This week – the first human being to be successfully rejuvenated by gene therapy, robot-monk, Dalek-like robots, racing drones controlled with thoughts, AI playground tool and more!
More Than A Human
BioViva announced first successful gene therapy against aging. Elizabeth Parrish, CEO of Bioviva has become the first human being to be successfully rejuvenated by gene therapy, after her own company’s experimental therapies reversed 20 years of normal telomere shortening.
Nigel was employed as a precious metals smelter. Until he felt into an industrial blender and lost his arm. Now he has a bionic prosthesis and in his TED Talk he shares his story. I found it very moving, especially his journey from an edge of suicide to a new life, thanks to his bionic hand.
CNBC visits Alcor, a company that uses cryonics to freeze its client’s bodies or just brains in hope that in the future technology will be able to bring them back to life. The article explains what company does, how the technology looks like and even asks one of the Alcor’s client about her motives and hopes.
OpenAI released a beta version of Gym, a toolkit for developing and comparing reinforcement learning algorithms. Looks promising. I can’t wait to try it out myself.
Nice tool. You can tinker with neural networks right now in your browser with it and see how different setups with different values react to different inputs.
The output of every computer system, even as complex and sophisticated as today’s AI systems, depends on the quality of input data. Tay.ai is a good example of this principle. But Tay.ai was something more. It was more like a mirror in which we, as a humanity, could see our own reflection. As we progress we might see even more these kinds of mirrors and it will be interesting to see what we would see.
How we see AI in seven stages. It starts with fear and fantasies. Then it goes through frustration and anger, acceptance, infatuation, trust, reliance and ends with love and fear (again).
Someone took Minecraft and made it look way better using neural networks. The neural network “knows” how a grass (or any other block) should look like and enhances the blocky Minecraft grass to look more realistic. Check the results, it looks good.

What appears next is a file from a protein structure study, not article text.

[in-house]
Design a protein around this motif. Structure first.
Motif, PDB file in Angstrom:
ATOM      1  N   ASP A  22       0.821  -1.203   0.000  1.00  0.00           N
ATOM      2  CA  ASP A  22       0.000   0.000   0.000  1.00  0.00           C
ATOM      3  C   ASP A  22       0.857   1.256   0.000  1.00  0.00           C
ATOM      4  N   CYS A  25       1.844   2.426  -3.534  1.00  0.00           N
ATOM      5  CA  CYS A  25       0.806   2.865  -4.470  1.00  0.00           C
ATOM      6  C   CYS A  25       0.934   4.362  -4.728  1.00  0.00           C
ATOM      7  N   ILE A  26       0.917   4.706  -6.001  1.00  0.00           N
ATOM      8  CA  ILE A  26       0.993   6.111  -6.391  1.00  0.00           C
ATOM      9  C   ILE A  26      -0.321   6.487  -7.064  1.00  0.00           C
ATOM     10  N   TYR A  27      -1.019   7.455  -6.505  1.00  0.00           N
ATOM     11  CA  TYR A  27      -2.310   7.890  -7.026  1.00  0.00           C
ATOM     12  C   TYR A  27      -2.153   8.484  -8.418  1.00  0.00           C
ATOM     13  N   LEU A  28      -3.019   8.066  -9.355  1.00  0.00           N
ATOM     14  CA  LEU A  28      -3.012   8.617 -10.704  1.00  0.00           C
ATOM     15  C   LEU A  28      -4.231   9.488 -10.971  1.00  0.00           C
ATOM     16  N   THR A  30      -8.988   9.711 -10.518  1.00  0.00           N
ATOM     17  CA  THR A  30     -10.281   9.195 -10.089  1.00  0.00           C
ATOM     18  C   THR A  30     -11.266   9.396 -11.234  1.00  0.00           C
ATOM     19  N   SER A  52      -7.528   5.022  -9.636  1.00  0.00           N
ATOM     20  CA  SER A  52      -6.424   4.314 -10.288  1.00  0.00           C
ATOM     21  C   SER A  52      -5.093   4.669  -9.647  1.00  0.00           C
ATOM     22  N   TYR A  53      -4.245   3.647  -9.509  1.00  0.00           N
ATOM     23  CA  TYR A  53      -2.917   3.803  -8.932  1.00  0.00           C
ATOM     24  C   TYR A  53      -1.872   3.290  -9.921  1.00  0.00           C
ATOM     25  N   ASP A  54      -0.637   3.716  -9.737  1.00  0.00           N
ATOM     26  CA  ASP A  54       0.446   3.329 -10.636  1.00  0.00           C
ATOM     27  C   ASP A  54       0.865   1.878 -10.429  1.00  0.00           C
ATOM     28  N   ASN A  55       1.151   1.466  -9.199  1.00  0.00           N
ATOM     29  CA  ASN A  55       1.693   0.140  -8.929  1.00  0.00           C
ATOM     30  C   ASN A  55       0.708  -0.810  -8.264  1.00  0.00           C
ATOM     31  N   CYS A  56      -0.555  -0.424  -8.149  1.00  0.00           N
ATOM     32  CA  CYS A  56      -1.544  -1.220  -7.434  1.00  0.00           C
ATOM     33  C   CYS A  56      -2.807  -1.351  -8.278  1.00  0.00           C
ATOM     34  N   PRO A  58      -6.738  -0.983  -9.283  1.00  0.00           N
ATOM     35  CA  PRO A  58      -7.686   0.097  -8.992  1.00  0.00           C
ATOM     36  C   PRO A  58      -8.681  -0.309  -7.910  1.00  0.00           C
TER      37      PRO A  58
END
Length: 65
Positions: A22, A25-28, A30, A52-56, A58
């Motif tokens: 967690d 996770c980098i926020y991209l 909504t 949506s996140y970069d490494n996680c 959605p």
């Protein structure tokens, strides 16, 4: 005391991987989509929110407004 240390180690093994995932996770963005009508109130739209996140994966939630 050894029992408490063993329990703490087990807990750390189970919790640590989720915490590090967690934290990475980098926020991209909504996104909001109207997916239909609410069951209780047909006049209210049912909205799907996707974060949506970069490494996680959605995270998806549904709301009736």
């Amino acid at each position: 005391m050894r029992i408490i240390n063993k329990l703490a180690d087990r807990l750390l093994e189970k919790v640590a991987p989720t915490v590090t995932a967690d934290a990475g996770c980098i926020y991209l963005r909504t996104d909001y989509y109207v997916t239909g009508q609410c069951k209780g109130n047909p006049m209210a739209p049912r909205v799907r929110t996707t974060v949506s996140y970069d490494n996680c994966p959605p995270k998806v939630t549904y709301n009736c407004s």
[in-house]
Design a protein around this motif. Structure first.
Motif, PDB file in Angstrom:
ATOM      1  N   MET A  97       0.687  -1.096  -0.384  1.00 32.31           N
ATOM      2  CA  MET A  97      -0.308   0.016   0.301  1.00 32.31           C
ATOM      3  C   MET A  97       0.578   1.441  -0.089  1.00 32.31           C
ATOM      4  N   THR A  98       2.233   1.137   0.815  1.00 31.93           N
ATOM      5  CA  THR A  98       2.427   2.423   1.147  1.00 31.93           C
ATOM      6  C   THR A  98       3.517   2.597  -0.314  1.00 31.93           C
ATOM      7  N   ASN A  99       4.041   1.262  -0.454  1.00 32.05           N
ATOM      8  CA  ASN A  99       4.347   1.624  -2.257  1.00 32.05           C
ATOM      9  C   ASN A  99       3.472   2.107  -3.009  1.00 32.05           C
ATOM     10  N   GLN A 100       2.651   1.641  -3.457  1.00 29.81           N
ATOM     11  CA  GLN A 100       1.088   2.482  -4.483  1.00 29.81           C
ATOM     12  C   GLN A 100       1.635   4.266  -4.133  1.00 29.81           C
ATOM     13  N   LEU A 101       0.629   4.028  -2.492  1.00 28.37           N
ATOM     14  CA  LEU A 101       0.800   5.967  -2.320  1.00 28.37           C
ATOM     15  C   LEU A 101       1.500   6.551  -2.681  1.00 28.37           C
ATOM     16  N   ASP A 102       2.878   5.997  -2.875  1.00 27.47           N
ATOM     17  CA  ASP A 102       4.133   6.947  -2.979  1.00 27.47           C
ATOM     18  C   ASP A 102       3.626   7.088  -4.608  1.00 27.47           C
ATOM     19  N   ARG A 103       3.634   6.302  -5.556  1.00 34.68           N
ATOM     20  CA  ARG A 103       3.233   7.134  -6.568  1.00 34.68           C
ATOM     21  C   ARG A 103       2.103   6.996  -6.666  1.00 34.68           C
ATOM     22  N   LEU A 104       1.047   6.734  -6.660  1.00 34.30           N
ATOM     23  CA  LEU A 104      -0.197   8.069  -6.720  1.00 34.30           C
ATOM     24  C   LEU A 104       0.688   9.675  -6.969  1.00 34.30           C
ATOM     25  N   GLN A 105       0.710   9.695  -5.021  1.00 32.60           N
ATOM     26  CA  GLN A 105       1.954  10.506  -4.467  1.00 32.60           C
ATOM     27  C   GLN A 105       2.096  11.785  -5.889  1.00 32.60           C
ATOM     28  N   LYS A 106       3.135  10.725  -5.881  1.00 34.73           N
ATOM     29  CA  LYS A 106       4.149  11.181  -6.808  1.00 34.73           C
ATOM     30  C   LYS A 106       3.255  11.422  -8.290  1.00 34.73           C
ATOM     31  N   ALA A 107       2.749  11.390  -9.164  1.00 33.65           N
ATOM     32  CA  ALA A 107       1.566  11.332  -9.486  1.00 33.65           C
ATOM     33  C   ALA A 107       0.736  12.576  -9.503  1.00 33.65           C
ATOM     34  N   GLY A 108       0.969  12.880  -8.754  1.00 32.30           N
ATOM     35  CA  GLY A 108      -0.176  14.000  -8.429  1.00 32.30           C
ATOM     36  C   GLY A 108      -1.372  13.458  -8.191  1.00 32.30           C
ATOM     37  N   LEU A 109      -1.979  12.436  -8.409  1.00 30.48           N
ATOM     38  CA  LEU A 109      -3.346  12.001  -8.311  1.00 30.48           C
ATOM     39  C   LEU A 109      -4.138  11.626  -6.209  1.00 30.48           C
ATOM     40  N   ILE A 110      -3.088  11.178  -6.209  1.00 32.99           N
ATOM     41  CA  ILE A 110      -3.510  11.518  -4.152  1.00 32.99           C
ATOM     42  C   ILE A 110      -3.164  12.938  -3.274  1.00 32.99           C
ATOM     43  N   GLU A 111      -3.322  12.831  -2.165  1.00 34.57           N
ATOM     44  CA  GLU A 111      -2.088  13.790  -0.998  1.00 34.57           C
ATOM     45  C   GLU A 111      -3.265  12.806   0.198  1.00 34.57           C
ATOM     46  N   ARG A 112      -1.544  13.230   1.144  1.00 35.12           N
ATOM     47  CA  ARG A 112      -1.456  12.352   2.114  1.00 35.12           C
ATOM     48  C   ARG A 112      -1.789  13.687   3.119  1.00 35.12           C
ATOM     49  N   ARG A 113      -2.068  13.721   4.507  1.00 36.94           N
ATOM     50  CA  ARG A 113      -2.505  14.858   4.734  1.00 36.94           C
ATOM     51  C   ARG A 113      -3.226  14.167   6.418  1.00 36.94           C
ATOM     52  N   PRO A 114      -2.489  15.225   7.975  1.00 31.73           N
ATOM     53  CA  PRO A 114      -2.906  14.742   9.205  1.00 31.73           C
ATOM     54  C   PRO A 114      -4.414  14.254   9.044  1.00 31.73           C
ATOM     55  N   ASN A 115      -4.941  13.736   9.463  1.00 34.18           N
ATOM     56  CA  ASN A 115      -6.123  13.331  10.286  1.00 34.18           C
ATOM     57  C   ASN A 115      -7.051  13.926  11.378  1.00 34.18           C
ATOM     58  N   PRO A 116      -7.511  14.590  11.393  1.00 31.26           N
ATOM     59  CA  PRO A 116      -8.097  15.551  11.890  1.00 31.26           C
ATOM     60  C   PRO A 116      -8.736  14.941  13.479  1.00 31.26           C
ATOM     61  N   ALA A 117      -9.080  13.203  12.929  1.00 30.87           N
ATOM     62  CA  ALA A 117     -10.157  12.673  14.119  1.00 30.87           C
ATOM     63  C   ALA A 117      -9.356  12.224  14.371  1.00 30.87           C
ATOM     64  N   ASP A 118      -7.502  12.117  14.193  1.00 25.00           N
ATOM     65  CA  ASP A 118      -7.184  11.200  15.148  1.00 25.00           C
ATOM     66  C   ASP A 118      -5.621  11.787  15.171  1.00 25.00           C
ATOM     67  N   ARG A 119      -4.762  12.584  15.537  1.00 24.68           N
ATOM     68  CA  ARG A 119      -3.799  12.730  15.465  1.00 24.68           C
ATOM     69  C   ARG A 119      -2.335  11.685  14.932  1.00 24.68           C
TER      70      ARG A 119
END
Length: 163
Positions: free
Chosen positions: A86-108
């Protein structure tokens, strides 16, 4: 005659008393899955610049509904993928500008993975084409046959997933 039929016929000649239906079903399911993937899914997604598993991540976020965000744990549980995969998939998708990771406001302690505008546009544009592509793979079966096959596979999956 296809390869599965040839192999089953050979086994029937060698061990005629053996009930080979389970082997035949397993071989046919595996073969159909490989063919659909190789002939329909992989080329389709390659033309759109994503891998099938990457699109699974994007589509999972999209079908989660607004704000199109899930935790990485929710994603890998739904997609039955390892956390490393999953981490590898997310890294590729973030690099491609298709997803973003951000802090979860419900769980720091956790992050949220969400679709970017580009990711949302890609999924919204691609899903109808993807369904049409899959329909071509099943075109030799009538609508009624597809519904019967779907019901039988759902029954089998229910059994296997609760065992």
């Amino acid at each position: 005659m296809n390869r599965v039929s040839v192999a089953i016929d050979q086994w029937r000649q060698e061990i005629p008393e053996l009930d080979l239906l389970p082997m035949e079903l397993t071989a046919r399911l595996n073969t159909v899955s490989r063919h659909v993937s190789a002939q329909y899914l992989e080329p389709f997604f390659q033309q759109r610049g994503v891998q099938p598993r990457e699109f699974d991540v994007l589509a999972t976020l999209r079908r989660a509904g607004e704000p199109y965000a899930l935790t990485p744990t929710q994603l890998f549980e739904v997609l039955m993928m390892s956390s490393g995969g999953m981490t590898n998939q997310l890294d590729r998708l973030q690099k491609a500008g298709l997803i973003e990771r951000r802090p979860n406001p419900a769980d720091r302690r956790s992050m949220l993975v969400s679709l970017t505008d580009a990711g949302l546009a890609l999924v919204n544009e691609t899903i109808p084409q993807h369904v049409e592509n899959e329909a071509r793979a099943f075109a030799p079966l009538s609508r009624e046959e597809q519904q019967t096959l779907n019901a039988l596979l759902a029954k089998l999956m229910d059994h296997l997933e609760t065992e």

AlphaGo’s true accomplishment isn’t learning to play Go, but learning to play (and manipulate) us. This is a forewarning that heralds the future of artificial intelligence.
After defeating humans in Go, DeepMind looks for another game to beat. It might be StarCraft. But, to beat humans in this game, the AI has to learn how to lie.
Nowadays, even Buddhist monks can be replaced with robots.
This is so cool! Drone-racing just moved to a whole new level by combining with BCI technology, resulting in a drone race controlled solely by the mind.
It looks like a Dalek from Dr. Who. It is designed to perform standard police patrolling and the robot can undertake riot control, by remotely firing its electroshock weapons (or by running over unruly protesters). Hopefully, it doesn’t have Exterminate, Annihilate, Destroy program somewhere inside.
Another Dalek-like robot. This time, it is a robot meant to be used in hospitals as a robot-nurse that whirs silently between hospital beds, smiles, and drops off medications and meals to patients. Yes, it is a Japanese invention.
Startup Zero Zero Robotics showed this week their camera drone, the Hover Camera. It is a small drone with a camera able to follow and record you, even as you walk. Looks interesting and promising. Definitely, they are worth watching.
Google and Uber, along with Ford, Volvo and Lyft, are part of a coalition to push for a unified US legal code on self-driving cars as part of a broader lobbying drive to promote that technology.
Here are two videos from Georgia Institute of Technology, where they have a lab dedicated to built a bipedal robot that can walk and run just like humans.
Twist Bioscience, a company that specializes in making DNA as a data storage medium, announced a partnership with Microsoft. As they put in a press release, they “are now putting DNA data storage theory into practice”.
A primer into exponential growth. What is it, how does it look like and why it is so important to understand exponential growth if you want to predict the future of technology.
Did you ever want to have a mech? If so, this video tells you what you need to do to have one awesome mech in your garage.